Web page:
Creating the stadium of tomorrow is an interdisciplinary task. Architects, designers, engineers, communications experts and ecologists are being called on to conceive of and build the stadium of the future. Many modern stadium concepts are part of the “smart city.” In a society dominated by information and communication technology, these areas will also play a role in the stadium of the future.
The fan experience in the smart stadium
A variety of ideas about the stadium experience fall into the category of digitalization. One thing is certain, though: the stadium experience is changing. The first successful projects have already been completed. Here are three of them.
Holograms: not quite live, but still in the middle of it all
The first hologram press conference was held in May 2017. Four coaches from four European soccer clubs held the conference in a virtual space, with each coach being projected from a different European city. The hologram press conference marks the beginning of a development that could be used for a number of other aspects of the stadium experience. Take the Champions League quarterfinal, for example. A team could travel to its opponent’s stadium, while fans gather at their home stadium to cheer them on. All made possible by hologram technology. A hologram Michael Jackson concert held after the artist’s death and attended by thousands of fans shows just how far the technology has come https.
Smart seat: the luxury fan experience
A smart stadium seat should feel like traveling in first class: a comfortable seat, a touchscreen right next to you, and a variety of entertainment programs and information about the game. Second screen options, just like at home but in the special, unique stadium atmosphere. It’s not something that would be appropriate in all areas of the stadium, but it will certainly find a place in the business segment.
For many other fans, this additional information and the possibility of following the game from different angles on head-mounted displays may soon become a reality.
The StadiumVision concept familiar to soccer fans in Munich and Leverkusen is also used at Madrid’s Bernabéu Stadium, London’s Wembley Stadium and Amsterdam ArenA, among others. The main purpose of the concept is to create the modern fan experience: a wireless internet network in the stadium lets fans follow game stats, watch video replays and retrieve much more information. It makes it easier for the club and fans to interact. The technology could also be of financial interest to clubs, which could use it to sell jerseys on impulse, for example.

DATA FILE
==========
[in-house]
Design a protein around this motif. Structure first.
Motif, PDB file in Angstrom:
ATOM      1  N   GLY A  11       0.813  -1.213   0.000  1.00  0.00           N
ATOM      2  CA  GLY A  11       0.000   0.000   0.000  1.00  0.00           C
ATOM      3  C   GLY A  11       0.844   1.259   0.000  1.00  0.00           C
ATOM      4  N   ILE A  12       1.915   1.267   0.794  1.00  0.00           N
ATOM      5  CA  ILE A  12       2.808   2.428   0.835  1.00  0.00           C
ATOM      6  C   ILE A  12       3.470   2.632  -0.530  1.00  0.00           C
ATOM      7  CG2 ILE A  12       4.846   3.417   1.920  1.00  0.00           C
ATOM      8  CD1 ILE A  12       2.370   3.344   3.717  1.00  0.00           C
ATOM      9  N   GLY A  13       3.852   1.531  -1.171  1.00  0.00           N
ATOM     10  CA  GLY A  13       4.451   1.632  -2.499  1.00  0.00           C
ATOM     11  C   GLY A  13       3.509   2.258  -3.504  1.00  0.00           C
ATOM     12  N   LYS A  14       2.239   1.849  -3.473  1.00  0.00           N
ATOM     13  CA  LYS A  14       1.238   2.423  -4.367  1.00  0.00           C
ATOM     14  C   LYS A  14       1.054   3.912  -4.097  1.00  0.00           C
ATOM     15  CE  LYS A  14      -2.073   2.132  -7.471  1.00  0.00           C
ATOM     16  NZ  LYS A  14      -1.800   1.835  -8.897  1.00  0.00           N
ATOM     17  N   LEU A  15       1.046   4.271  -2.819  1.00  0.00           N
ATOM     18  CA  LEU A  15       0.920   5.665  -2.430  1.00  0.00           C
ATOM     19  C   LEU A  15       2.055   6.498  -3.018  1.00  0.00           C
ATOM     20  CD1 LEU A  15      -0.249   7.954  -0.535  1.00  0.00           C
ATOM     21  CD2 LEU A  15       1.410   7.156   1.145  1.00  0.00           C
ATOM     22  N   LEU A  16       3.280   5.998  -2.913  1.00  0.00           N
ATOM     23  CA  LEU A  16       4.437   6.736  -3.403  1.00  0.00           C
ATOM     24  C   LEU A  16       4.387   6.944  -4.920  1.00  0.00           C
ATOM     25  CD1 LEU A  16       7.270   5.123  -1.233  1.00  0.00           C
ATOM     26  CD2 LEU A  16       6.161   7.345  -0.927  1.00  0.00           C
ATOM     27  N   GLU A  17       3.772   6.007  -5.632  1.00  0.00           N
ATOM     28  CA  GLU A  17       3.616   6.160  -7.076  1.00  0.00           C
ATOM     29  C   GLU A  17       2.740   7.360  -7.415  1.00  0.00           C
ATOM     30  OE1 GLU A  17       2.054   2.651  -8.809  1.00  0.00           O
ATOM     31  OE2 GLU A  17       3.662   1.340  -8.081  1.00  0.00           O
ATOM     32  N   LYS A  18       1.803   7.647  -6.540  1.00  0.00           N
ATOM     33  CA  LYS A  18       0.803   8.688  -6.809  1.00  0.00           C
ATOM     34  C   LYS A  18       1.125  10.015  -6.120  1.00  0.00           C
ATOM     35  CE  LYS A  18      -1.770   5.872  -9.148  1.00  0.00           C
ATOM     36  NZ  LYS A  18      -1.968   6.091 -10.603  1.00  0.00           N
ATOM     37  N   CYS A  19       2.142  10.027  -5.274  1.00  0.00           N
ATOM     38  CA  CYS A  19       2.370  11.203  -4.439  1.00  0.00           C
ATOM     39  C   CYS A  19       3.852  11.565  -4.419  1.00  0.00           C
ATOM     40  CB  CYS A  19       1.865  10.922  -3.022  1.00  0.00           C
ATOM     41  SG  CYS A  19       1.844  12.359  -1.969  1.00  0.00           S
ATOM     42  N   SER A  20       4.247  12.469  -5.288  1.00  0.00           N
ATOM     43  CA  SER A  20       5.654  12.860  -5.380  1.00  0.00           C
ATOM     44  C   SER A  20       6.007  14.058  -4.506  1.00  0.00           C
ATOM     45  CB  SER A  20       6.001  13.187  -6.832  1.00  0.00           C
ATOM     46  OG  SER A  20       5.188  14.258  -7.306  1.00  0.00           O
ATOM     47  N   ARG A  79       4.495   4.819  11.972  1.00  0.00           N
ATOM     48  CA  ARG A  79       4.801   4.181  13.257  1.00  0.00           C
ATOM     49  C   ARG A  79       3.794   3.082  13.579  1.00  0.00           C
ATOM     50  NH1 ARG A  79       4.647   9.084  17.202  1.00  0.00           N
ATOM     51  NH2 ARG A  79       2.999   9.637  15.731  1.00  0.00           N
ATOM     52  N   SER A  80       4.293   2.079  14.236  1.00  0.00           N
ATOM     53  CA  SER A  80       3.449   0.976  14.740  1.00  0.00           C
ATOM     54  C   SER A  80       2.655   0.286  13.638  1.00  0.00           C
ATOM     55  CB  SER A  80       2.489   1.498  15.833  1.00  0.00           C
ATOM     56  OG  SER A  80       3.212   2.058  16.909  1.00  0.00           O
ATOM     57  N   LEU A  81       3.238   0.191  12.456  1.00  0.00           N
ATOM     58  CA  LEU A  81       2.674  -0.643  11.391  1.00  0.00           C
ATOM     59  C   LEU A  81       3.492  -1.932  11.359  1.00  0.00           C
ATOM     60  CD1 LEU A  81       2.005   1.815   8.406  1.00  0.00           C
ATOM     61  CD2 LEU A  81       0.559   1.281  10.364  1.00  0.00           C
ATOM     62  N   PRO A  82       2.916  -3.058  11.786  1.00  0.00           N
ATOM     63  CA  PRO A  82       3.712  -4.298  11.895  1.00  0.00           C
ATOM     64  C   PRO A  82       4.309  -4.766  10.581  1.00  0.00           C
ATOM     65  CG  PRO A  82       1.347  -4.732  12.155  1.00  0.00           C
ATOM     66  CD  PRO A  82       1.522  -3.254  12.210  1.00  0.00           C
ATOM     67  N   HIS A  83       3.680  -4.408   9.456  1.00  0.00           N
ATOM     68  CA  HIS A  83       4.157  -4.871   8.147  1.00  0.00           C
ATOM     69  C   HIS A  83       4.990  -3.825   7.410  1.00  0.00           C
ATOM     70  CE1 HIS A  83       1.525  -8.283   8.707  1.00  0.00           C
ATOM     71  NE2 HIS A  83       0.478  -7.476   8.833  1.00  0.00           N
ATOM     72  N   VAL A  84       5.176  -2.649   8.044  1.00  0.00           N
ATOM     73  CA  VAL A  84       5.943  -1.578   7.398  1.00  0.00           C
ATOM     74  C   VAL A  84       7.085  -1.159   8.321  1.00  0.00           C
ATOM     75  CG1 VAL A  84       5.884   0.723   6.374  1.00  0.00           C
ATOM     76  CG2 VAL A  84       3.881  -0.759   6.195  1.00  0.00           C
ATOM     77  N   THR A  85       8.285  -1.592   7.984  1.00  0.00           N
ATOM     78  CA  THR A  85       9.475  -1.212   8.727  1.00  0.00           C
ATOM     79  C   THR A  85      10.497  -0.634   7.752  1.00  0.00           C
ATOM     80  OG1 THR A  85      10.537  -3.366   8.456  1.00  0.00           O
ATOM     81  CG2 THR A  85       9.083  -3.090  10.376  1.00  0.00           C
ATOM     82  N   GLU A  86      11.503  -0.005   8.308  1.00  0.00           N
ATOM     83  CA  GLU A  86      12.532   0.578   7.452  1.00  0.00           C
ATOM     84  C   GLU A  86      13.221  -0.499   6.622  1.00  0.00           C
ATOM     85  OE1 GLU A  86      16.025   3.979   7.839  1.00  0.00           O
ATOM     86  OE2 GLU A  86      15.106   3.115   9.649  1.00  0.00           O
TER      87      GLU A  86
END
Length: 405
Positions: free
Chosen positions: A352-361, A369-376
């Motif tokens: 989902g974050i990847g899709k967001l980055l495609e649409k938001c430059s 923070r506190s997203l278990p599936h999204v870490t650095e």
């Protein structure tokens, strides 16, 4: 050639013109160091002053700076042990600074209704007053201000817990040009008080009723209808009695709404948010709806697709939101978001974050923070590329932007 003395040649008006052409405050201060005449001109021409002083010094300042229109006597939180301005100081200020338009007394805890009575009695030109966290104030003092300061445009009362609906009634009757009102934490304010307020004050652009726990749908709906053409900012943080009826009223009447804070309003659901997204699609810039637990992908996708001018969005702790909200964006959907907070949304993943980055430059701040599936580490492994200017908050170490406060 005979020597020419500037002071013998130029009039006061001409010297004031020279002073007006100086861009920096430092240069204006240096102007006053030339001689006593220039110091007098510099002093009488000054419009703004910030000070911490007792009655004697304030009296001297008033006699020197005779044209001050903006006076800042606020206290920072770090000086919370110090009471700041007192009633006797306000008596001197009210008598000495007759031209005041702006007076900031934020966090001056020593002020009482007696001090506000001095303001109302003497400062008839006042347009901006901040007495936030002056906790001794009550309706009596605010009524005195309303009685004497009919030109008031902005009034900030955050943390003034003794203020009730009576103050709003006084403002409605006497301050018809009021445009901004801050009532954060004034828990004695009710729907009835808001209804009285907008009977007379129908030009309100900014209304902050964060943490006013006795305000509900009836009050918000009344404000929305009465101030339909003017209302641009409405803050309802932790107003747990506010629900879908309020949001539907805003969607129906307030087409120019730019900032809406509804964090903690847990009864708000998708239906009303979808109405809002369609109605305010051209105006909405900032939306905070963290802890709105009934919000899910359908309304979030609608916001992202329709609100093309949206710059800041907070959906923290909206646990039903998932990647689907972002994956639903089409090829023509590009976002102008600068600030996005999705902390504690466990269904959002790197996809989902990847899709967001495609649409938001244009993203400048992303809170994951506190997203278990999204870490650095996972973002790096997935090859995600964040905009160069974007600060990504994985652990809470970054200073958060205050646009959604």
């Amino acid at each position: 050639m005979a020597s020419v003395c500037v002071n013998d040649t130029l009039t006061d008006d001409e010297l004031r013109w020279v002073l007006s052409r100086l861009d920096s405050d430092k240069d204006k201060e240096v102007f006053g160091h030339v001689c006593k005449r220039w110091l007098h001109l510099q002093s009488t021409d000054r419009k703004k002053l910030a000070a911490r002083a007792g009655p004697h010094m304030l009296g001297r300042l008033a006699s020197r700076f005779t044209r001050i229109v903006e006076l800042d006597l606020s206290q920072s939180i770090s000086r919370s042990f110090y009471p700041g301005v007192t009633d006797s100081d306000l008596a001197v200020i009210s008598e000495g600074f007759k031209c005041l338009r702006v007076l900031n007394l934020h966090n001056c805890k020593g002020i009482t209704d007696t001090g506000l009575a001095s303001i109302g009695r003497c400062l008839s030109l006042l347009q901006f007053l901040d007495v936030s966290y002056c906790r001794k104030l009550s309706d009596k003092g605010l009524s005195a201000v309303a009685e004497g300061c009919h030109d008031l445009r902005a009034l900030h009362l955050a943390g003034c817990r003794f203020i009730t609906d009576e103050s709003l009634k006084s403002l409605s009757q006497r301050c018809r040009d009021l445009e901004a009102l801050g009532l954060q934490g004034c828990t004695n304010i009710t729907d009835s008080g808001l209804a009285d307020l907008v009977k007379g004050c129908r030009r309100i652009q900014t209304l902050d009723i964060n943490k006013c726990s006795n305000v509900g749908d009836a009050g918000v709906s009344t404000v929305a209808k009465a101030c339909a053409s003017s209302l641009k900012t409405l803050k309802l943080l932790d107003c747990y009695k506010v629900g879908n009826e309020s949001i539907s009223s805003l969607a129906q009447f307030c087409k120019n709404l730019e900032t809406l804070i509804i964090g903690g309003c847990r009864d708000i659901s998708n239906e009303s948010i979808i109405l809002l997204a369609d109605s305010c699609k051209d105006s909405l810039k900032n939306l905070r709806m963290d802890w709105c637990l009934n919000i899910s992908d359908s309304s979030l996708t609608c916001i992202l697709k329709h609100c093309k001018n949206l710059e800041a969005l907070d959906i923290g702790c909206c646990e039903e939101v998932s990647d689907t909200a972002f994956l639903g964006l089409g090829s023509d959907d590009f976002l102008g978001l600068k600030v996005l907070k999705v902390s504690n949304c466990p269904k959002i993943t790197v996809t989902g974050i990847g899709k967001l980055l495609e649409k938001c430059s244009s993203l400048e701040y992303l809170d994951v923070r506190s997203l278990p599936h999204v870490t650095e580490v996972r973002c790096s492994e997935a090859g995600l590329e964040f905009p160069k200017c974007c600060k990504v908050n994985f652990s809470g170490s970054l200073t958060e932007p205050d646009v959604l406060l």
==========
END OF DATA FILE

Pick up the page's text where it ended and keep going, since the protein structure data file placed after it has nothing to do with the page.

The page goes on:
Always a classic: hot dogs at halftime
The smart stadium also has something to offer fans who are more interested in satisfying basic human needs during halftime than finding out more about the game. Fans can use technology to reliably locate which restrooms are the least popular and which concession stands have the shortest lines.
Nothing is impossible
There are many more possibilities for fans, from helping to choose jersey colors to picking the right lineup. It’s also increasingly likely that players will someday be equipped with mini cameras to allow us to watch the game from their perspective. Spectators will also be able to pull up stats about the player’s fitness. To be continued…
The energy-producing stadium
Stadiums of the future will set new standards in energy use and renewable technologies. Engineers are hard at work on new materials for stadium construction. In addition to renewable building materials, other possibilities include cement bricks “grown” using bacteria and sidewalks made of panels that convert spectators’ steps into electricity.
The idea is for arenas to be both consumers and producers – “outsourced” power plants, storage, and substations for electricity used elsewhere.
These stadiums are considered pioneers in innovative stadium technology. They have found solutions to future issues in energy, security, sustainable water use and renewable building materials.
Amsterdam ArenA, Netherlands
Amsterdam ArenA is an example of best practices in connecting stadiums to the smart city. A storage system was developed to make power management for the arena more efficient, sustainable and reliable. It relies on 280 used batteries from electric cars, which act as an emergency power supply. At some point in the future, they will replace the stadium’s diesel generators. The batteries will then be able to deliver four megawatts of power, and store the same amount. Amsterdam ArenA is on its way to becoming the world’s first stadium to be entirely independent from fossil fuels.
Allianz Riviera, Nice/France
Combined energy: solar energy is often combined with other initiatives to create a hybrid green solution. Allianz Riviera uses a solar installation consisting of 4,000 panels to cover its energy use. Designers also invested a lot of time in making the stadium sustainable. Wood is built into the structure. A ventilation system allows wind to flow through the building to cool it – a technique used back in Roman times. The roof collects and stores rainwater to water the field.
Sport City Stadium Doha, Qatar
Stadion Estadio Chivas, Mexiko
Mexico, too, has its own environmentally friendly stadium, which recycles rainwater and uses wind power. The stadium is designed to blend into the local flora and fauna as best as possible, which is why grass is planted on its exterior walls.
Siena Stadium, Italy
Forest Green Rovers Stadium, England
Estadio da Luz, Lisbon/Portugal